The electoral system and membership of the Riigikogu

All 18-year-old Estonian citizens with active legal capacity are entitled to participate in the Riigikogu elections. The requirements for standing as a candidate for the Riigikogu are stricter — a member must be at least 21 years old and know the Estonian language. Although the share of non-citizens in the population of today’s Estonia is fairly large, they cannot elect or be elected to the Riigikogu. Through the Estonian language requirement, the Riigikogu tries to guarantee the smooth functioning of the work of peoples’ representatives, and at the same time boost Estonian language and culture.

Riigikogu members are elected under a proportional representation list system for 4 years. This electoral system has caused many a debate in Estonian society. The elector gives his/her vote to a specific candidate, but whether the latter is elected or not depends on the total number of votes given to the relevant party nation-wide, and on the candidate’s place on the party’s election list. It may thus transpire that a candidate receiving very few votes is elected, if his/her party happens to get comparatively more votes, and he/she is high up on the party’s list. This means that the mandate of a Riigikogu member is not tied to a particular area, and there is no personal connection between the electorate and those elected.

In addition, a 5 per cent threshold of votes is applied in Riigikogu elections, i.e. only parties receiving 5 per cent of the total votes cast in the country have a chance of securing representation in the Riigikogu. This too has caused disappointment among the electorate, because voting for small parties inevitably results in a ‘loss’ of votes. The introduction of an electoral threshold in Estonia follows the example of many countries, and is at least partly justified by historical experience. Easy access to the parliament fragmented the political scene already in the 1920s, making it impossible to form a truly efficient parliament. The threshold thus allows only larger parties into the Riigikogu who are in a better position to form a strong coalition.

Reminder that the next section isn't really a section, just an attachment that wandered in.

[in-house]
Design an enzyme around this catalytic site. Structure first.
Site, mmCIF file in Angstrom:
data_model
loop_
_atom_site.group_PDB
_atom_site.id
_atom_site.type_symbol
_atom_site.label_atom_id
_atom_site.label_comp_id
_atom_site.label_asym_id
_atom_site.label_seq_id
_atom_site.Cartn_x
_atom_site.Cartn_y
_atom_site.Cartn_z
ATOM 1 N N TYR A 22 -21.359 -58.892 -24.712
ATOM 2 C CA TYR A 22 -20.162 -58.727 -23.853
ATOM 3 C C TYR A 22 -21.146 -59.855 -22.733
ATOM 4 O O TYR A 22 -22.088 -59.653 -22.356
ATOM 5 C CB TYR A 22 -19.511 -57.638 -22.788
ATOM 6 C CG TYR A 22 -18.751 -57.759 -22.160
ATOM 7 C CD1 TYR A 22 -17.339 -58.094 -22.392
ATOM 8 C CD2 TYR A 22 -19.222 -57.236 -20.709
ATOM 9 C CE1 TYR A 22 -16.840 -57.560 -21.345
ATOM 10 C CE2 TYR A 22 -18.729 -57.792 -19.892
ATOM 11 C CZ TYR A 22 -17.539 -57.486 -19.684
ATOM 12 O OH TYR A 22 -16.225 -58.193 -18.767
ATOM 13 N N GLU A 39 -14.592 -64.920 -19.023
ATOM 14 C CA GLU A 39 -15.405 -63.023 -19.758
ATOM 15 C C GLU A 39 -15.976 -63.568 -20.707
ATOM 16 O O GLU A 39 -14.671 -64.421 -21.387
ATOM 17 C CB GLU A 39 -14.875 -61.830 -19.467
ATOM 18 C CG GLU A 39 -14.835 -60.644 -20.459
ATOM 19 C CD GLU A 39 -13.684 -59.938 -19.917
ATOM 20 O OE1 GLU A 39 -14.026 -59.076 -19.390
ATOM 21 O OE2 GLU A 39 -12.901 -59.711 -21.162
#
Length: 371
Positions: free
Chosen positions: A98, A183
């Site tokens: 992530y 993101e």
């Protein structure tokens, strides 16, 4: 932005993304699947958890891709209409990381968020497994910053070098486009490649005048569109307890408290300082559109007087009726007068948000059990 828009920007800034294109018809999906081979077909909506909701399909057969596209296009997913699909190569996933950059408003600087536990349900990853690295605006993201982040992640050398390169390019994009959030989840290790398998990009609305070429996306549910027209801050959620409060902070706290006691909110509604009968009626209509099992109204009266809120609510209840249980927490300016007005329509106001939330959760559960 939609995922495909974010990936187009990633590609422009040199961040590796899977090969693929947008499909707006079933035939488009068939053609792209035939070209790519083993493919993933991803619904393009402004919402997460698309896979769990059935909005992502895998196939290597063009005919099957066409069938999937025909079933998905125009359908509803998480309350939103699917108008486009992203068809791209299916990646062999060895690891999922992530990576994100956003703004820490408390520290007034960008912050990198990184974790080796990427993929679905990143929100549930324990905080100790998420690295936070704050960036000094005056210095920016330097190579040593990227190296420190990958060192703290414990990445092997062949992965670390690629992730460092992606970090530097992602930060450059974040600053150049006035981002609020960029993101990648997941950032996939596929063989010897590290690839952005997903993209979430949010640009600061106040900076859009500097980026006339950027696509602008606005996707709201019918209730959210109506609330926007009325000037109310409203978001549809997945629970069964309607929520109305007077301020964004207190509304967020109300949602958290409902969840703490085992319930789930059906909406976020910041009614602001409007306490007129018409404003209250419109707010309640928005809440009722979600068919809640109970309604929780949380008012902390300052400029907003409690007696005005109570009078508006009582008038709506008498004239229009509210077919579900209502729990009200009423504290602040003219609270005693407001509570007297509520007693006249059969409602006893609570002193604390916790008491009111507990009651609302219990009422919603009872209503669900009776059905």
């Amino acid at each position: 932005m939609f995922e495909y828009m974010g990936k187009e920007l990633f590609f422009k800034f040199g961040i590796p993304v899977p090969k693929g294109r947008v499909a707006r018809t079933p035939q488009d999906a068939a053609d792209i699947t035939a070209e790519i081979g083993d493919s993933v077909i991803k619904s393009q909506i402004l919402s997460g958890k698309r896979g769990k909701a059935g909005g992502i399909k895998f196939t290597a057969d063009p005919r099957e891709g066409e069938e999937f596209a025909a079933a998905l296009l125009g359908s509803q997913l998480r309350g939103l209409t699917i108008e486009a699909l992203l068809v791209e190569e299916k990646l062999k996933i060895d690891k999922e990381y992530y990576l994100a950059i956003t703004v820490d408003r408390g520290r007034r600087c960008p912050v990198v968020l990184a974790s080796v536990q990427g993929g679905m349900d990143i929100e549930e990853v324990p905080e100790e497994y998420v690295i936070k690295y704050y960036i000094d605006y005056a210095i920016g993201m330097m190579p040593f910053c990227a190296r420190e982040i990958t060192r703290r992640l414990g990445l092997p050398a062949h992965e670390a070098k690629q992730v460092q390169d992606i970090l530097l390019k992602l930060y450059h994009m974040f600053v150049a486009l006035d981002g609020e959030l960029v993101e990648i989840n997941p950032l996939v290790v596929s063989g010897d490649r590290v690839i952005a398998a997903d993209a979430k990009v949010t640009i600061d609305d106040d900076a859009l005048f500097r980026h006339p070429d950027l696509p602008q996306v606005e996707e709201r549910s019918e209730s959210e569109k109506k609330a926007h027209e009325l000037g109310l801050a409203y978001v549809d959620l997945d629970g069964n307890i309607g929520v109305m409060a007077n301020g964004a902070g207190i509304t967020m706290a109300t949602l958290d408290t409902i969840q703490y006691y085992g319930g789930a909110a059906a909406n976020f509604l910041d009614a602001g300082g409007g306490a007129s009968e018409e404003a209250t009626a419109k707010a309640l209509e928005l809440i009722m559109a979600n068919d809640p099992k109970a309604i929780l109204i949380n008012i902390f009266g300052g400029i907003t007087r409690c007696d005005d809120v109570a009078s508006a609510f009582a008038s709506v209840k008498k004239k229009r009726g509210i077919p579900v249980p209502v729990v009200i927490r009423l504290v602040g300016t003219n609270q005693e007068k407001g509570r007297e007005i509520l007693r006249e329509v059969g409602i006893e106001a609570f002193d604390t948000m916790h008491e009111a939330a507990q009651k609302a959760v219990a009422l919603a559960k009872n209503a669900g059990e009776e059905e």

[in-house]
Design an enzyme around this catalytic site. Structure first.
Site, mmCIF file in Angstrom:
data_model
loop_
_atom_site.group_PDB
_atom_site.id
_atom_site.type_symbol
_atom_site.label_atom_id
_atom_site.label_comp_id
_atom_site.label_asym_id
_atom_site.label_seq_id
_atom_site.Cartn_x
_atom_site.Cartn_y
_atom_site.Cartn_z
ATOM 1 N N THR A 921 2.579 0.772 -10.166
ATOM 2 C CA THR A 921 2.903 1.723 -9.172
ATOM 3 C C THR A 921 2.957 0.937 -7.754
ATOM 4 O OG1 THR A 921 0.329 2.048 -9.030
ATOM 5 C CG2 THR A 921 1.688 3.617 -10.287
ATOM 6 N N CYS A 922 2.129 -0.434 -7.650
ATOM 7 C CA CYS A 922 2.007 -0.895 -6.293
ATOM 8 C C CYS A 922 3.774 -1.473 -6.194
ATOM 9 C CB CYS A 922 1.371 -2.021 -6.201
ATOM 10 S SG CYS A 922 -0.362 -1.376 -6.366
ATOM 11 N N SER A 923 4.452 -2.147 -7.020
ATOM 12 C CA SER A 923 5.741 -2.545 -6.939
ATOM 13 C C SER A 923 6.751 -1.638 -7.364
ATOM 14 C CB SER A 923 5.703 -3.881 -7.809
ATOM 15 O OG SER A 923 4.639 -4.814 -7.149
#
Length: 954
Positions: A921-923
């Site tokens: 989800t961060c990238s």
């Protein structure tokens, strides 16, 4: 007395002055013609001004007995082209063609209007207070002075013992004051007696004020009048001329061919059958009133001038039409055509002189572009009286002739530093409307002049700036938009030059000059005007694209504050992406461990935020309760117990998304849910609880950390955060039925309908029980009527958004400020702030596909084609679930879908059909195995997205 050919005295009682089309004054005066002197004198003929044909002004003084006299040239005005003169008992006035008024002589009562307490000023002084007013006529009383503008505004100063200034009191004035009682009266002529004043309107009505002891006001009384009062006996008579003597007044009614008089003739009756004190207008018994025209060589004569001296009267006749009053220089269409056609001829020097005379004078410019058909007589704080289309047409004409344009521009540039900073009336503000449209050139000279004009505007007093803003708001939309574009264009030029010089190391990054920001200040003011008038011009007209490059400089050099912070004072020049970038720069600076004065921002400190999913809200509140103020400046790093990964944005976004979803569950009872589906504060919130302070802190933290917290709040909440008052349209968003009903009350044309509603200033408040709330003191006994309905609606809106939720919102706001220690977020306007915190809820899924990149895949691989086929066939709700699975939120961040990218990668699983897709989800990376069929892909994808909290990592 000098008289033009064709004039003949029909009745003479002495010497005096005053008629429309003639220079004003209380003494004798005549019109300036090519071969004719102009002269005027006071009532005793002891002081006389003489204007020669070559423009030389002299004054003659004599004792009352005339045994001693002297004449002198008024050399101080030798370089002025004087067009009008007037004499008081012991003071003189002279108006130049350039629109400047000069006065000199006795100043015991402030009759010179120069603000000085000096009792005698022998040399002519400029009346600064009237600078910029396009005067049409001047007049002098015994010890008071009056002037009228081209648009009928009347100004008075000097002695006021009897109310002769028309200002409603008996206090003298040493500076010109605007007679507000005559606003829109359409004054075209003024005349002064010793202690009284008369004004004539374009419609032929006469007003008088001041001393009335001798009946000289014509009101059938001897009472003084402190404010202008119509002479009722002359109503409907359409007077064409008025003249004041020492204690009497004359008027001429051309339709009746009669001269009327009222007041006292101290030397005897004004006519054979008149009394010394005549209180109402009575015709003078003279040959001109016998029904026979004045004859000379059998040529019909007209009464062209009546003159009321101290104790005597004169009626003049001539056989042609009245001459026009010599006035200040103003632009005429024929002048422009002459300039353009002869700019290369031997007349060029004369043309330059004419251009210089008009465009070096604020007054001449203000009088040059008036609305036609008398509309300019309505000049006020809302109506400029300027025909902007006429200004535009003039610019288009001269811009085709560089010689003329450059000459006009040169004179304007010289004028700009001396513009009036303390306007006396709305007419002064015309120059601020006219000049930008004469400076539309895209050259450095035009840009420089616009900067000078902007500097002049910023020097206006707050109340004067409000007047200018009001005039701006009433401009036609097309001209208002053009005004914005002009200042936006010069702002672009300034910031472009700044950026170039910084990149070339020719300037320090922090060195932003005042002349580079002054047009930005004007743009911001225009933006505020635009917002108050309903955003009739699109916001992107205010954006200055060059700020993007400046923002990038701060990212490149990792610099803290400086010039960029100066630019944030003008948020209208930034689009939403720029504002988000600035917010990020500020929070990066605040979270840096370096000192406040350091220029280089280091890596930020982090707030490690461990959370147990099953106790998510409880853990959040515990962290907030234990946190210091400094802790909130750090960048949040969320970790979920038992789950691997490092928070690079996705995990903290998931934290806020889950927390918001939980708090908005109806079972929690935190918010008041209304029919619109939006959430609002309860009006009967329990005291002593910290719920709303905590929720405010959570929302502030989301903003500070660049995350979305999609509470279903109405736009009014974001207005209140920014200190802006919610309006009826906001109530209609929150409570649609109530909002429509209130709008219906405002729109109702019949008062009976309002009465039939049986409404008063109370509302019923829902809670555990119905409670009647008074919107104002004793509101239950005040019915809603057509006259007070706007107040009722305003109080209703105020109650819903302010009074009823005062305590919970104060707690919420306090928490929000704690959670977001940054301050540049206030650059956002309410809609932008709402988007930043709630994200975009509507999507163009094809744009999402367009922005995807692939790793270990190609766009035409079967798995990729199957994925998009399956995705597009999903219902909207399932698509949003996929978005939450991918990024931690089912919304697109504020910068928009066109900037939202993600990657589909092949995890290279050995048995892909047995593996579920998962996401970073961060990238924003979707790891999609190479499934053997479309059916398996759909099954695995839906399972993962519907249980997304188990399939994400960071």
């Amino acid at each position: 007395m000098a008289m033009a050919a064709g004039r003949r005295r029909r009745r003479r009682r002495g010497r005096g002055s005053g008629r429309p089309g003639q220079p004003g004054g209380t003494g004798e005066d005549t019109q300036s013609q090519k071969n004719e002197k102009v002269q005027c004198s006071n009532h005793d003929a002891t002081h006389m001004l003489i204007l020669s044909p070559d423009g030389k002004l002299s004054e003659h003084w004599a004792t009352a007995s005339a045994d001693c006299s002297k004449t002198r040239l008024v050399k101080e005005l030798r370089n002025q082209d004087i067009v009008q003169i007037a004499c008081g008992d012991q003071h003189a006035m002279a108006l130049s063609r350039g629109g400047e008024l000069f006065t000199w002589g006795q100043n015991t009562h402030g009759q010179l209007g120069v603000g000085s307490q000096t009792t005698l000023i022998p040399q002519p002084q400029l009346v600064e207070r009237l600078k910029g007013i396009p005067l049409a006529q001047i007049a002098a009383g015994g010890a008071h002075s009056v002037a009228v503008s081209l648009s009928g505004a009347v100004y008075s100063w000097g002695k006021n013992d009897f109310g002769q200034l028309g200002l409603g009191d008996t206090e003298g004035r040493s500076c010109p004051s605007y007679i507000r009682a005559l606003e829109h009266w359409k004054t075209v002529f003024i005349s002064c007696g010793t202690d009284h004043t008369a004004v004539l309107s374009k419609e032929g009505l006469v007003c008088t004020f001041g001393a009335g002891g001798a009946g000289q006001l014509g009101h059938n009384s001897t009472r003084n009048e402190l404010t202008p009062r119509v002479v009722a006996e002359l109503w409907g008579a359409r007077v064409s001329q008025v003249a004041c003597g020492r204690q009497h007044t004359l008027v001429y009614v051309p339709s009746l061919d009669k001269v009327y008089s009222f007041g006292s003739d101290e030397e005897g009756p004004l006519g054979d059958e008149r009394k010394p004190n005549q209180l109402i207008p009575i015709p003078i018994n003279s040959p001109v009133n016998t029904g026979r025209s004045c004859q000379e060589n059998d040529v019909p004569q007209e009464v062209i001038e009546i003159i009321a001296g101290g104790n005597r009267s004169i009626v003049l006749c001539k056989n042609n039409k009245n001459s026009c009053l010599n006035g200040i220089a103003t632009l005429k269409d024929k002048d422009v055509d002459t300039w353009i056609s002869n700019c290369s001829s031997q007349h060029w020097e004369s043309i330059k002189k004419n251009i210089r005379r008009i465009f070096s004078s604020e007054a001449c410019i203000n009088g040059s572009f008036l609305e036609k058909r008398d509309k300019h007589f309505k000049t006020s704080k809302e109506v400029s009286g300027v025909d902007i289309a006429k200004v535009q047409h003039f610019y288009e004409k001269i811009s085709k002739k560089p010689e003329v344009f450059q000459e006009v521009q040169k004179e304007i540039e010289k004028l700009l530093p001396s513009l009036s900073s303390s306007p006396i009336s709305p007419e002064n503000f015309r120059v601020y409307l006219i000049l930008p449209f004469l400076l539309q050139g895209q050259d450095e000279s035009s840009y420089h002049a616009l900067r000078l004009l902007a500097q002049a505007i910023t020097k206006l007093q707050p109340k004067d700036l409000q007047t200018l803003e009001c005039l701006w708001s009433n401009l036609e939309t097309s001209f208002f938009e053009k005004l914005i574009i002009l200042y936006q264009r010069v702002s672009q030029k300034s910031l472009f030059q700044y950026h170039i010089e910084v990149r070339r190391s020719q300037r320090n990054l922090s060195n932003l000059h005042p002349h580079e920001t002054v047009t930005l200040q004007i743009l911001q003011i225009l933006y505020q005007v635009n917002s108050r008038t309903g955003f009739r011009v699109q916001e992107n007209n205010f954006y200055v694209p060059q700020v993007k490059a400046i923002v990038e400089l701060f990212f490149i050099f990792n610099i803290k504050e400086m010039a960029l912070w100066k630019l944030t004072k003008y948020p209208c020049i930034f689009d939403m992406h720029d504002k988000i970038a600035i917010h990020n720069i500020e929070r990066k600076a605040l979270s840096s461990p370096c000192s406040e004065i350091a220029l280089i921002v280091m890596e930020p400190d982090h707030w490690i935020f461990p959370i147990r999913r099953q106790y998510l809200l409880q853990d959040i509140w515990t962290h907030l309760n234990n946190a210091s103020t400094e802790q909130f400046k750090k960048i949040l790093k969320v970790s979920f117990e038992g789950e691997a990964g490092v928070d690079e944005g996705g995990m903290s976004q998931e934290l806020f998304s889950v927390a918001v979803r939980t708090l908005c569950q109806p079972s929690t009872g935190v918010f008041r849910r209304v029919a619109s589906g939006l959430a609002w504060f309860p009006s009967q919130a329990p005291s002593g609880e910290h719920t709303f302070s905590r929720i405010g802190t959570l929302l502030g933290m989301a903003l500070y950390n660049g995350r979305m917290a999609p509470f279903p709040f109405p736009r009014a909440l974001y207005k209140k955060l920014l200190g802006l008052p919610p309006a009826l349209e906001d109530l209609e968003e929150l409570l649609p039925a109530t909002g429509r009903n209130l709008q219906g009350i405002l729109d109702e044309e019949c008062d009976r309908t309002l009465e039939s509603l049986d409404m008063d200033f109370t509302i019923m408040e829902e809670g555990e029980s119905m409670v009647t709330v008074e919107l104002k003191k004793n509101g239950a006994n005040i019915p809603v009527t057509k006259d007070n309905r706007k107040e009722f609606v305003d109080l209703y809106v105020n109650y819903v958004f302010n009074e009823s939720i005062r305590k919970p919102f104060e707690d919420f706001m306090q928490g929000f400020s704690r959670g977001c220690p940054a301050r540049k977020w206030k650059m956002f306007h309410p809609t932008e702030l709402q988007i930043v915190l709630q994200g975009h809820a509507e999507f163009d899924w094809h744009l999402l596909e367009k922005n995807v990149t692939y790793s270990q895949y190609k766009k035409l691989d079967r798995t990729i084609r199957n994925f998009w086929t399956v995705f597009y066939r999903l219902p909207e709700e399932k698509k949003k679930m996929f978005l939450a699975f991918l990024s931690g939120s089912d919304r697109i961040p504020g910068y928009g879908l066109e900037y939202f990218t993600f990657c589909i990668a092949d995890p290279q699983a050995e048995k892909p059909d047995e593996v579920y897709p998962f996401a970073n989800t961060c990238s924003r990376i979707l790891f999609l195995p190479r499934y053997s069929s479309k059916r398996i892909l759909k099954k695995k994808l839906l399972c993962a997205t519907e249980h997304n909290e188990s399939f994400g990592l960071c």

Riigikogu members come from different walks of life. There is, for instance, no overwhelming majority of lawyers in parliament, as is the case elsewhere in the world. The number of economists is actually bigger, although even their share is by no means remarkable. In fact, the situation is quite the reverse — there is much discontent about the insufficient number of lawyers and economists in the Riigikogu. The different background of the members means that the representation of the people is more extensive. Having a wide variety of professions has its advantages, as well as drawbacks. On the one hand, the widely representative Riigikogu commands an excellent overview of what happens in different fields of life. On the other hand, the process of shaping and working out decisions may take more time than it would if the Riigikogu consisted largely of professional politicians, economists and lawyers.

The proportion of women cannot be compared to that of men in Riigikogu; and the Riigikogu itself cannot in this respect be compared to the progressive Nordic countries. In 2001, however, 18 of the 101 members were women. Despite belonging to different parties, they have assembled in the Women’s Association, and occasionally present their joint declaration in questions concerning women.

Riigikogu members cannot be recalled; they speak for the entire nation, i.e. they can make decisions based on their own principles. It is possible to dismiss a member of parliament only in extremely limited cases, which are primarily connected with committing a crime. Such measures attempt to secure the sovereignty of people’s representatives and their activity in the interest of all people, and not relying on the prevailing mood of a certain part of the electorate.

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